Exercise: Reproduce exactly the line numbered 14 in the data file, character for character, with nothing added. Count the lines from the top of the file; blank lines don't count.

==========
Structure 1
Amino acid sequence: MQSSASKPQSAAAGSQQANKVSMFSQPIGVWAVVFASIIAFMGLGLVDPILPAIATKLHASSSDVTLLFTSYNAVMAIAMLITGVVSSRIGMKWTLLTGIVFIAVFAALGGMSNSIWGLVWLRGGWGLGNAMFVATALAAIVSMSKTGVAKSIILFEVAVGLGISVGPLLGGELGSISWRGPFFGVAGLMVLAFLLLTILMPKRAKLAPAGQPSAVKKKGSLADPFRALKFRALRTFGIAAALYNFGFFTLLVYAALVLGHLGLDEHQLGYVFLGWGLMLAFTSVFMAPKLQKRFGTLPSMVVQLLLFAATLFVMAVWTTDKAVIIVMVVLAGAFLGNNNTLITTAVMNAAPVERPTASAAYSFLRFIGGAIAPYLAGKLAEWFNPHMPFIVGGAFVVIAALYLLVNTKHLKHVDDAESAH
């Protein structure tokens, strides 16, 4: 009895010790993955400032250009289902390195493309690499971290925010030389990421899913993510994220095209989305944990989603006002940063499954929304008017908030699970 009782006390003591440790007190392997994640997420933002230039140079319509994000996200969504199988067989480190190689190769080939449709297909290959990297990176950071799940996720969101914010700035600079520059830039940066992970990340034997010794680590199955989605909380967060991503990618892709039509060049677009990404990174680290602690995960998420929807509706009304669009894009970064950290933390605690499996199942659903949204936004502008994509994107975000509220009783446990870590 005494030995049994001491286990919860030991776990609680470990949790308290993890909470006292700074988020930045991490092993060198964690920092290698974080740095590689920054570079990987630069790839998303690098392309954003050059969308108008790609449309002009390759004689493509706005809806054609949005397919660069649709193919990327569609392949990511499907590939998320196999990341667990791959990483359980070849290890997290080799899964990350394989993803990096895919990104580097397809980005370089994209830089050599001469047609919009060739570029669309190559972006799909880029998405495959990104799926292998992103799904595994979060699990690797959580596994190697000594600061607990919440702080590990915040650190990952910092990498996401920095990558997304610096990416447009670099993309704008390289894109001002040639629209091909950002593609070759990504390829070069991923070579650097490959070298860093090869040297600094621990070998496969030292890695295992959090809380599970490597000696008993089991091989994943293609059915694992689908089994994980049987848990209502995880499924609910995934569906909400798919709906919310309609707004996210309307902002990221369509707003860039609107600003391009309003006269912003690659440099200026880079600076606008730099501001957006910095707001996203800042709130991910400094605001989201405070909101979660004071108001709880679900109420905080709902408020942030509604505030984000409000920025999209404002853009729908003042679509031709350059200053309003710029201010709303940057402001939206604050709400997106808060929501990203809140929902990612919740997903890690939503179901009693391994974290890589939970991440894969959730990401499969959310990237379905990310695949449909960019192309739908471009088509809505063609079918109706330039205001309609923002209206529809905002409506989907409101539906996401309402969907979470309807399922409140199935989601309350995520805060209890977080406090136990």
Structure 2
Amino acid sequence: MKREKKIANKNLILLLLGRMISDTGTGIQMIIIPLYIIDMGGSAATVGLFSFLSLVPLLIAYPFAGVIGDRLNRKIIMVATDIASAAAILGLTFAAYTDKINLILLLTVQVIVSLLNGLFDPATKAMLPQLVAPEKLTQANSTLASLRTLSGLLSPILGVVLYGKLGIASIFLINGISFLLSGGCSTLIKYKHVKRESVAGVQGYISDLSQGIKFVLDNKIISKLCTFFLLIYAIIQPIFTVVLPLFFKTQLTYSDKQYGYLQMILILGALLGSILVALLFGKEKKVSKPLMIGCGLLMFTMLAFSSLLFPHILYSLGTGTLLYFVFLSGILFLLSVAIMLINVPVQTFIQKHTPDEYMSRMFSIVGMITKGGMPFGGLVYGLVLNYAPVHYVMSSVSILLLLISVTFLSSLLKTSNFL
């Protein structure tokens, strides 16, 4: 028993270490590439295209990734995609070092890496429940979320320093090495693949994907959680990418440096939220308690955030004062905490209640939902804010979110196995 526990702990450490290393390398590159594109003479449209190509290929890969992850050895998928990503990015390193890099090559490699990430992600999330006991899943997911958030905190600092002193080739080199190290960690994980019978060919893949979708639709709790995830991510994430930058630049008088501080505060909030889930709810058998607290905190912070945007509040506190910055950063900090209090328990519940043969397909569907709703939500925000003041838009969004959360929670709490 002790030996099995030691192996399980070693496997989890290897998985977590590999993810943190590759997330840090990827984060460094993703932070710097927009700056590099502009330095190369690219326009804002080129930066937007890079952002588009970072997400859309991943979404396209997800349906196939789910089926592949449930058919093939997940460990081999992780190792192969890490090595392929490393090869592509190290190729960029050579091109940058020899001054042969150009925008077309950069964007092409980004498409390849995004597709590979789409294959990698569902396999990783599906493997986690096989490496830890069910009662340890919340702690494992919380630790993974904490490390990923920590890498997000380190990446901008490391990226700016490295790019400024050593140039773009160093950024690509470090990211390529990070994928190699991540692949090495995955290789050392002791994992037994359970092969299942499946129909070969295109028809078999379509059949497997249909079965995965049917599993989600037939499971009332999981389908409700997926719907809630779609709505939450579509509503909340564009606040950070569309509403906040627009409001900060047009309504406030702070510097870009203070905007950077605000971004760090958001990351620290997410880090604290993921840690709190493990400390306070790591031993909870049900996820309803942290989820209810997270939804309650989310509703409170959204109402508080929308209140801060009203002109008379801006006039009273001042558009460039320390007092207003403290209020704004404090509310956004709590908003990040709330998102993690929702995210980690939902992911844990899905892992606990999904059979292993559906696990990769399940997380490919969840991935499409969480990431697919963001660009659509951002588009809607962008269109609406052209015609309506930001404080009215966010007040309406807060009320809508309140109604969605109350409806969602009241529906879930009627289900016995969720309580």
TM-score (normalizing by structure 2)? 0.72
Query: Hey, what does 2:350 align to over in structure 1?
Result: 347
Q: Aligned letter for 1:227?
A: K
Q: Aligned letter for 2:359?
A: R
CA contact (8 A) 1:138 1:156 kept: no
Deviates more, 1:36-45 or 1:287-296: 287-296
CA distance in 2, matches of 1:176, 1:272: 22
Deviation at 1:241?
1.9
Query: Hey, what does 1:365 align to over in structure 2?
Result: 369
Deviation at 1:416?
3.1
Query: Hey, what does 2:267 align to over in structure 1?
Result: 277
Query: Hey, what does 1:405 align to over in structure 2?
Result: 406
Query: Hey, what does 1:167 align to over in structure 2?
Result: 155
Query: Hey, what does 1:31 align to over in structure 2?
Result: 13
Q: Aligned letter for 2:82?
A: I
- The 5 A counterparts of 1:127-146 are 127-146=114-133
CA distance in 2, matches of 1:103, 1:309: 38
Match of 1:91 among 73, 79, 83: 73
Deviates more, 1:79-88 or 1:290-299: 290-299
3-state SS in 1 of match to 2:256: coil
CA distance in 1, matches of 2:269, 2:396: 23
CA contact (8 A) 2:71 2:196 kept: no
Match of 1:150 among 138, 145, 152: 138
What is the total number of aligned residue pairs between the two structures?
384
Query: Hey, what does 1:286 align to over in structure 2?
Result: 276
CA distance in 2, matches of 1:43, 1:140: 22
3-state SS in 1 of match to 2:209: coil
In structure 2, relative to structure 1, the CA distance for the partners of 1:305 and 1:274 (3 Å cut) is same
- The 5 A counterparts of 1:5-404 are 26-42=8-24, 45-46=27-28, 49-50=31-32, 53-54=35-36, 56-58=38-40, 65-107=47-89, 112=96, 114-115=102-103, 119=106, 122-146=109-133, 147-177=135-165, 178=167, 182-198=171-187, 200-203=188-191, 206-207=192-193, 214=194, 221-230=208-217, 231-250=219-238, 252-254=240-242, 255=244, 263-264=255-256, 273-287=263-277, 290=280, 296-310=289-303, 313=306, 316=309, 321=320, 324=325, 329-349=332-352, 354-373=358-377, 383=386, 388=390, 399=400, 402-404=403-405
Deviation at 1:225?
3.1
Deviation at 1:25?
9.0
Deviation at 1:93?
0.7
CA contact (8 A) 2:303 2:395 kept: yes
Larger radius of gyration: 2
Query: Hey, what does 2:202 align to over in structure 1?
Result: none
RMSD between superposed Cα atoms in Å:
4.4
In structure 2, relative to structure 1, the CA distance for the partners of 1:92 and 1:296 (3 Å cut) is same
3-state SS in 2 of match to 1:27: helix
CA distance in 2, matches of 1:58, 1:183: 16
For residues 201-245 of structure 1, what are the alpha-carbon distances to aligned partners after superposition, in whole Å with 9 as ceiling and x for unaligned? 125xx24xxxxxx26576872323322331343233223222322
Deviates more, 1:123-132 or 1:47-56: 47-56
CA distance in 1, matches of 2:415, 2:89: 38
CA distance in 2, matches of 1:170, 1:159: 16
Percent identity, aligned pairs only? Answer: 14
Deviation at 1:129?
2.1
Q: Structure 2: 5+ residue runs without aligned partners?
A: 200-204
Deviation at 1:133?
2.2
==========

CA contact (8 A) 1:138 1:156 kept: no